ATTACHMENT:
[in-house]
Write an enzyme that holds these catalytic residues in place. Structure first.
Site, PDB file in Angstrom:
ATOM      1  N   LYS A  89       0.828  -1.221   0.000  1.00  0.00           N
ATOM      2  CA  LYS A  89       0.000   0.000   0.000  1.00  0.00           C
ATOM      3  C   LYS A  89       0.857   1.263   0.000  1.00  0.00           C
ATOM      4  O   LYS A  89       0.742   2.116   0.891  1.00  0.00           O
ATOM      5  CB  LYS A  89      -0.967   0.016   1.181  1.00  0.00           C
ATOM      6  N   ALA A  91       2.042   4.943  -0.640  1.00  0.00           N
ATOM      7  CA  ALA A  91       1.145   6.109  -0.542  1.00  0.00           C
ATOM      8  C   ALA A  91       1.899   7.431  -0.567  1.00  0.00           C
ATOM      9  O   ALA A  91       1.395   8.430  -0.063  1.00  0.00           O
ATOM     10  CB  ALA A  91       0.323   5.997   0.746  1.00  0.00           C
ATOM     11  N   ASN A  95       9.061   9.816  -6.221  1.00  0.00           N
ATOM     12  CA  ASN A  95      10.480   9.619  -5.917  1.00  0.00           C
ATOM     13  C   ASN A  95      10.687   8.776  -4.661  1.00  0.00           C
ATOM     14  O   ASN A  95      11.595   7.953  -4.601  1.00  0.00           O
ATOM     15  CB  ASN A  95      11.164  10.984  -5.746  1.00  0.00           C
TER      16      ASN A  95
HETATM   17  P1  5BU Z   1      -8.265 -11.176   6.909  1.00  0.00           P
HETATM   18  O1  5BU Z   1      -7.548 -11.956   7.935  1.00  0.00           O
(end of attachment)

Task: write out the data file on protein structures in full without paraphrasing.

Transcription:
[in-house]
Write an enzyme that holds these catalytic residues in place. Structure first.
Site, PDB file in Angstrom:
ATOM      1  N   LYS A  89       0.828  -1.221   0.000  1.00  0.00           N
ATOM      2  CA  LYS A  89       0.000   0.000   0.000  1.00  0.00           C
ATOM      3  C   LYS A  89       0.857   1.263   0.000  1.00  0.00           C
ATOM      4  O   LYS A  89       0.742   2.116   0.891  1.00  0.00           O
ATOM      5  CB  LYS A  89      -0.967   0.016   1.181  1.00  0.00           C
ATOM      6  N   ALA A  91       2.042   4.943  -0.640  1.00  0.00           N
ATOM      7  CA  ALA A  91       1.145   6.109  -0.542  1.00  0.00           C
ATOM      8  C   ALA A  91       1.899   7.431  -0.567  1.00  0.00           C
ATOM      9  O   ALA A  91       1.395   8.430  -0.063  1.00  0.00           O
ATOM     10  CB  ALA A  91       0.323   5.997   0.746  1.00  0.00           C
ATOM     11  N   ASN A  95       9.061   9.816  -6.221  1.00  0.00           N
ATOM     12  CA  ASN A  95      10.480   9.619  -5.917  1.00  0.00           C
ATOM     13  C   ASN A  95      10.687   8.776  -4.661  1.00  0.00           C
ATOM     14  O   ASN A  95      11.595   7.953  -4.601  1.00  0.00           O
ATOM     15  CB  ASN A  95      11.164  10.984  -5.746  1.00  0.00           C
TER      16      ASN A  95
HETATM   17  P1  5BU Z   1      -8.265 -11.176   6.909  1.00  0.00           P
HETATM   18  O1  5BU Z   1      -7.548 -11.956   7.935  1.00  0.00           O